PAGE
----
Sheikh Uzun Haji’s state had a much more sophisticated level of organization—his cabinet of ministers included highly educated officials and his fiscal system was strategic (supported in part by tax revenues.) His state printed its own money (though backed by very few real assets) and boasted a much higher-level judicial system staffed by learned religious scholars. In contrast, Dokka Umarov’s monetary system depends entirely on outside donations from his sponsors, while his judicial system is operated by those who either have barely graduated or never attended religious educational institutions at all. His ministerial appointments are essentially absent except leaders of certain areas and his General Representative abroad; that is, there is de facto no government, except for Dokka Umarov and his people in the vilayets, who are simultaneously acting as commanders of ethnic jamaats in the republics of the North Caucasus.

Sheikh Uzun Haji enjoyed a much stronger personal reputation during his time. His scholarly credentials in Islamic theology have never been questioned by anyone, which certainly does not apply to Dokka Umarov. The latter does have advisors who know what they want. However, Umarov personally is far from the field of religious studies; he is simply a practicing Muslim (a Sufi of the Qadiri tarikat, a follower of Ustaz Kunta Haji), but certainly no religious scholar. He is a warrior, and as such, knows much more about warfare, which is precisely the expertise that Sheikh Uzun Haji lacked: his military affairs were handled by his military minister, General Inaluk Arsanukayev Dyshninsky, a native Chechen and a reputed military strategist of his time.

There are also certain similarities between the two emirates when it comes to the people who, due to their work, should have been allies but have parted ways as a result of differences in opinion on the political resolution of the Russia issue. Sheikh Uzun Haji’s one-time associate Imam Najjmutdin Gotsinsky from Dagestan became his biggest enemy, opposing Uzun Haji’s vision of the political future of the North Caucasus. This scenario virtually mirrors the current situation: the resistance movement has in fact split into two factions—one that is calling for the immediate implementation of an Islamic state and another that sees itself as heir to the idea of Chechen independence—that is, a radical camp and a democratic camp.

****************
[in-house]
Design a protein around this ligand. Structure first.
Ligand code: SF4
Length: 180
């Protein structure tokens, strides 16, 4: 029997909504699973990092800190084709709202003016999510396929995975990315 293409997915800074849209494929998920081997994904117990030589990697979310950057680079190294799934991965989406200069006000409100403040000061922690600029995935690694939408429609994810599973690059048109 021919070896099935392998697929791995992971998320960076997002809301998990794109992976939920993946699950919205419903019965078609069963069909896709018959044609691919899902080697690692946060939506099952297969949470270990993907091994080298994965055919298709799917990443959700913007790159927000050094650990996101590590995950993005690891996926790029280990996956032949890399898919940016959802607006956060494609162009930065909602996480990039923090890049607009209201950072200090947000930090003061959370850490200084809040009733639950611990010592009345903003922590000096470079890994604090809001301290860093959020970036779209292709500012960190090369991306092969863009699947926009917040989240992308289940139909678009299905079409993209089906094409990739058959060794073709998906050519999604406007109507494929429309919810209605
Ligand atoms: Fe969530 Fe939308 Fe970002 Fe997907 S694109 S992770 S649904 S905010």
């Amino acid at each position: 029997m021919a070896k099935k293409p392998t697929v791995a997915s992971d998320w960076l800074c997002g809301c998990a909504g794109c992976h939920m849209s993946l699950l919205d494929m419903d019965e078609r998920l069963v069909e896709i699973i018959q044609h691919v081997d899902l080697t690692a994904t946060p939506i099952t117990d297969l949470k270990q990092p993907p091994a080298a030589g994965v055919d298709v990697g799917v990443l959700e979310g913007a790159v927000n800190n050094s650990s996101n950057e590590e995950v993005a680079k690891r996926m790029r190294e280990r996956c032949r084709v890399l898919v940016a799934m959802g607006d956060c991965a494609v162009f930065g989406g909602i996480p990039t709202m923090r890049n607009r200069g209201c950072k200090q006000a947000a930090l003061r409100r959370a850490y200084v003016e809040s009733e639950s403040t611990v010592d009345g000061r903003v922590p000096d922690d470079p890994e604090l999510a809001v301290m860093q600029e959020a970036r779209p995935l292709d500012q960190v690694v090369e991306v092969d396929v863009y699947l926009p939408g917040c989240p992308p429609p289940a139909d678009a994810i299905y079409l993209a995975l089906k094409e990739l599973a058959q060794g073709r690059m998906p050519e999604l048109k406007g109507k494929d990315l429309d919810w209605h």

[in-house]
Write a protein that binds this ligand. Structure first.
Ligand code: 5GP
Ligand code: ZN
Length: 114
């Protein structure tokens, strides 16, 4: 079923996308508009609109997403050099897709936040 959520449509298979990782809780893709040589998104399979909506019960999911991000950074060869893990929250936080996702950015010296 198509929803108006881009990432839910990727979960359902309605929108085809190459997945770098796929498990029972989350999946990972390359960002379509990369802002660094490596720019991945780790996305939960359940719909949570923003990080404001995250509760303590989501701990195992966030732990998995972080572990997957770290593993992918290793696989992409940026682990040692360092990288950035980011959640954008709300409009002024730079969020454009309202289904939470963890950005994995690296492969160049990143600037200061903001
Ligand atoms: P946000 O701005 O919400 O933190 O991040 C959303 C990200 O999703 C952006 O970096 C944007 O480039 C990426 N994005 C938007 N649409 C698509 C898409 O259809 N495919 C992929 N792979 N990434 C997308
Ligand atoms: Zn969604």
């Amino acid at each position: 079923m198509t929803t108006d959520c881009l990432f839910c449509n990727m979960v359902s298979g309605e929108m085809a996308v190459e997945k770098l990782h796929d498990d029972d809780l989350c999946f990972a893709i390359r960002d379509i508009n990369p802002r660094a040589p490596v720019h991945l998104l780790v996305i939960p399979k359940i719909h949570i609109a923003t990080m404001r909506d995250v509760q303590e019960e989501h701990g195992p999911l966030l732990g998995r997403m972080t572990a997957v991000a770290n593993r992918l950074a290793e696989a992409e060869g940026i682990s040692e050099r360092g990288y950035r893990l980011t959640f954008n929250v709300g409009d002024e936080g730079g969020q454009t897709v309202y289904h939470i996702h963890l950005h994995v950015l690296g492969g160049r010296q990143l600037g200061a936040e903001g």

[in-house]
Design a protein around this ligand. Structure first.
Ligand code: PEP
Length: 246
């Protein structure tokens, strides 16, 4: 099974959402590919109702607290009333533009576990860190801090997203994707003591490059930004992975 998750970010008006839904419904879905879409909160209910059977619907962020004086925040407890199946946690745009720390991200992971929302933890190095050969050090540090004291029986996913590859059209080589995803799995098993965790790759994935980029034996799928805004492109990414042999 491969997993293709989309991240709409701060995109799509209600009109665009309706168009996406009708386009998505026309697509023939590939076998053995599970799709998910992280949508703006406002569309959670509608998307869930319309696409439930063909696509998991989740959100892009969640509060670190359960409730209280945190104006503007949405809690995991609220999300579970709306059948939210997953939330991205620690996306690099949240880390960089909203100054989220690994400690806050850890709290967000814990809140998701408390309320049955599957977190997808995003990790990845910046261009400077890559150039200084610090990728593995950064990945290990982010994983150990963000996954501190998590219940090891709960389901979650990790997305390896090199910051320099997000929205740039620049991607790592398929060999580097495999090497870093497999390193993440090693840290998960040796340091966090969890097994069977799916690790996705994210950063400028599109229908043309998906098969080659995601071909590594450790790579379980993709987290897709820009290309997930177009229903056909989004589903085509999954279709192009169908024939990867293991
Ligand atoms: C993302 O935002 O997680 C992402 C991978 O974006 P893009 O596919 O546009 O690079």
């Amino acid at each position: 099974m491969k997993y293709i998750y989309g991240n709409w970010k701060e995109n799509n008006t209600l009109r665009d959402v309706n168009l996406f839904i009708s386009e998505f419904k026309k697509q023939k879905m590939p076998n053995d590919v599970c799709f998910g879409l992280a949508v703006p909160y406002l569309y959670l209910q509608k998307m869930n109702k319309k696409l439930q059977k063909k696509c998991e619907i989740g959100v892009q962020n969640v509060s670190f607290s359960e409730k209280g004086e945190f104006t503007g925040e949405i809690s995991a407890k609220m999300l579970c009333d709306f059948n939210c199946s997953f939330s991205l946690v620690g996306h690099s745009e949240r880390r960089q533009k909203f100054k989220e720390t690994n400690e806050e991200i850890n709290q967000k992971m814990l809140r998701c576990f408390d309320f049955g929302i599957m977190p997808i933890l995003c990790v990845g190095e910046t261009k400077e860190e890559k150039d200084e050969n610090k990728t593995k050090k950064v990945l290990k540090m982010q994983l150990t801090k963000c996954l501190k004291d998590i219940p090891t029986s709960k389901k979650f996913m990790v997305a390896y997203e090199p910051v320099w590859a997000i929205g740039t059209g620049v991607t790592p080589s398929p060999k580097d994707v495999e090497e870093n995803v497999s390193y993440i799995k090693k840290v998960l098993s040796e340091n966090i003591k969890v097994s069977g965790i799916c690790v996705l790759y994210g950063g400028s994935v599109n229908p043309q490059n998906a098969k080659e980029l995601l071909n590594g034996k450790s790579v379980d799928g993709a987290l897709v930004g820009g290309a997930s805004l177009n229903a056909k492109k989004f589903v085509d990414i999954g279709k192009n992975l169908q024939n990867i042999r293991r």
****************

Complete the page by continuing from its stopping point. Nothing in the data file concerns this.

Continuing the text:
In this respect, and with a bit of a stretch, the situation resembles the Irish resistance movement in Northern Ireland, where the political wing, Sinn Féin, operated quite comfortably alongside the faction engaged in armed resistance to Great Britain’s rule. Almost the same picture can be found in Spain’s Basque region and France’s Corsica. Therefore, the Chechens have not really come up with anything new. What happened had to happen—once the resistance movement expanded beyond Chechnya’s borders and other North Caucasus ethnicities got involved, a common platform for everyone was needed. The best and simplest way to unify different military units today turned out to be Islam, which for a time makes it possible to address the questions of who is going where and who will get what when the enemy is defeated.

By the end of his life, Sheikh Uzun Haji became the Bolsheviks’ number one enemy. This is in spite of the fact that the Bolsheviks themselves hid behind his back during his fight with General Denikin—they realized that he was also capable of defeating them. His sudden death for reasons that are still unknown saved the Soviets from attacks by the North Caucasus emirate. Dokka Umarov would do well to try and emulate, at least to some degree, Sheikh Uzun Haji of Salty, who, as a Sufi sheikh, saw no need to stick to or implement Salafi teachings in any form. Sheikh Uzun Haji relied on his supporters who saw him as a Sufi sheikh, while Dokka Umarov, who until recently was a follower (murid) of Kunta Haji, is trying to find support in the faction of Islamic ideology that enjoys the least popularity in Chechnya and the region as a whole. This clearly indicates his alienation from the absolute majority of the region’s populace—that is, from those who follow the tarikat system.

Notes

1. An emirate is one of the forms of an Islamic state.

2. Alexander Uralov (A. Avtorkhanov) The Murder of Chechen-Ingush People. Ethnic genocide in the USSR. Restoration of the North Caucasus Independence. Makhachkala, 2002, page 17.